Long ago, one king wrote a message to send to the ruler of an offensive enemy kingdom. He sealed the message and gave it to one of his trusted couriers, who immediately began the dangerous ten-day journey to deliver it. Along the way, however, the messenger, who had long hoped his king would finally have the nerve to declare war on the enemy, became overwhelmed with curiosity and decided to unseal the letter. When he read it, he was stunned. Instead of the declaration of war he expected, it was a proposal for peace. He felt betrayed and even ashamed to deliver such an embarrassing token of weakness. He and his people would become a laughing stock, simply because an old king didn’t have a backbone. After much thought, he decided to act in the best interests of the kingdom. He would bury the letter and return home with a well-crafted lie.
His plan was interrupted, however, when a group of scouts from the enemy kingdom discovered him burying the missive. They seized him—and the letter—and carried both back to their ruler’s palace. Surprisingly the message delighted the rival king, and a peace treaty was soon forged. And with the kingdoms now being on friendly terms, the messenger was released unharmed. But he remained bitterly disappointed, disillusioned, and reluctant to call anyplace his home.
This is the basic story of Jonah, the prophet who fled God’s call to preach repentance to an enemy city. It’s recast in a different setting without the assumptions we normally read into Jonah’s story in order to focus on an important question: Who owns the message—the messenger or the author? Jonah obviously felt a certain right to refuse to deliver the message he was called to preach, even though it was never his message to begin with. He didn’t approve of it and wanted no part in it. His own King was essentially issuing an invitation to make peace with Israel’s dreaded enemy—the same enemy that had periodically wreaked havoc on Israel’s borders and committed crimes against its people. This didn’t seem at all like the God he thought he knew.
Most preachers are elated when people respond to their message. But Jonah wasn’t like most preachers, and the people he addressed were not like any he had ever preached to. Assyrians were not, and would never be, friends of Israel. He had lived his entire life in a culture that bred animosity against its hostile enemies—and not without reason. Israel had experienced Assyria’s raids in the past. The prophet’s righteous indignation was hard to reconcile with the mercy of God.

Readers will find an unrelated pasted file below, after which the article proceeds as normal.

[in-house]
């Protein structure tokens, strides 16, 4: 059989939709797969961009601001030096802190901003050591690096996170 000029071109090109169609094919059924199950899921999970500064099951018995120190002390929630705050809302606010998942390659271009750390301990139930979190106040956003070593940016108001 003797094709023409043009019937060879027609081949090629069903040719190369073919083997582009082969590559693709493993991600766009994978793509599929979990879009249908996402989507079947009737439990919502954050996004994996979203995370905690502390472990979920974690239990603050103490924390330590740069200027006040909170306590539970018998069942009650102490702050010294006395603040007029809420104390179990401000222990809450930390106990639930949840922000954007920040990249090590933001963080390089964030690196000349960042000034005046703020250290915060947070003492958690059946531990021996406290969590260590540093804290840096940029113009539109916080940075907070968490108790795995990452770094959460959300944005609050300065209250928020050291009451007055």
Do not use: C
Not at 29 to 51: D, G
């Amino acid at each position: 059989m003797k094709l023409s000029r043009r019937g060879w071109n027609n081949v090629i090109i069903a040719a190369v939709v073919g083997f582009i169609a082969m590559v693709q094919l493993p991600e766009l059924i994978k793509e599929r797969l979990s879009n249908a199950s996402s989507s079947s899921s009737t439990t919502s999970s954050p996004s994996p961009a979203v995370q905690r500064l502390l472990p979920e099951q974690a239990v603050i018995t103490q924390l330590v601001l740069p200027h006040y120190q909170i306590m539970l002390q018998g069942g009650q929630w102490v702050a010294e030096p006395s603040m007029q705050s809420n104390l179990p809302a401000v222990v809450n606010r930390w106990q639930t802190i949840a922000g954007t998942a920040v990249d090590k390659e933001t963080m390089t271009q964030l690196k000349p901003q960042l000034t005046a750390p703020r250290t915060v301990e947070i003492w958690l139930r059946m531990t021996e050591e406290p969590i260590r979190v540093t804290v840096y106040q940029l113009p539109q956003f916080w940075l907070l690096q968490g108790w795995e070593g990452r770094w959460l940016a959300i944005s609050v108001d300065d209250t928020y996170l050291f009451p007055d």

Jonah’s indignation was not much different than that of another prophet. Habakkuk relentlessly questioned God over the seeming injustice of punishing his own people by using a far more corrupt nation: Babylon. But the similarities between the two prophets ended when God explained his intentions to each. Habakkuk praised God for his righteousness, even though he didn’t completely understand it. Jonah was eaten up with bitterness—so much so that he asked God to take his life.
How did God respond? By giving Jonah an object lesson in a helpful vine he hadn’t asked for. As the prophet fumed over the repentant city and this travesty of justice, God gave him extra shade to shelter him from the sun. The next morning, a worm ate away at the vine and caused it to wither, and a scorching wind beat against Jonah. This stirred up further anger, but God had made his point. The “man of God”—a frequent designation for a prophet—valued his own immediate comfort much more than he valued thousands of enemy lives. His ethnocentric focus had blinded him to the heart of his Lord.
Contrary to what we might expect, Jonah was the most effective prophet in the Bible. He ran from God, and sailors were converted. He went reluctantly to Nineveh with a five-word sermon (in Hebrew), and an evil city repented. He bitterly pouted over a withered vine, and the compassion of God was revealed in a prophetic book to a chosen but apostate nation. The irony is that Isaiah and Jeremiah spilled their lives out with many words over unhearing, unrepentant people and would have rejoiced to see even a hint of fruitfulness. Jonah saw fruitfulness in spite of himself, and he hated it.
Even then, God’s compassion toward his prophet was relentless. He didn’t disown his disgruntled servant. He patiently and persistently absorbed Jonah’s anger, heard his questions, and even answered them. He did with Jonah what he had already done with Nineveh. He revealed his heart.
In fact, that’s how the book concludes. “Should I not be concerned about that great city?” the Lord asks. It’s a rhetorical question that leaves readers with a decision to make. Are we in sync with our creator’s desires? Can we get on board with the big picture of his purposes? Will we align our hearts with the missionary heart of God?
Those are questions we all have to ask. God cares about our personal issues and desires, but he also has a bigger picture in front of him. When we focus intensely on our personal issues and give relatively little thought to that bigger picture, we tend to end up a lot like Jonah—out of sync with God and resentful that he is blessing others more than we think he is blessing us. It’s a distorted picture, but that’s what introspection often does; it distorts our perspective. It causes us to miss the heart of God.
God calls us to bring our hearts into alignment with his—to lift our eyes above our own agenda, to have his compassion, and to seek his agenda. When we do that, we find ourselves part of an enormous plan that will bring joy to both him and to us. We find a fruitfulness we wouldn’t otherwise experience. We share God’s heartbeat in deeper and deeper ways.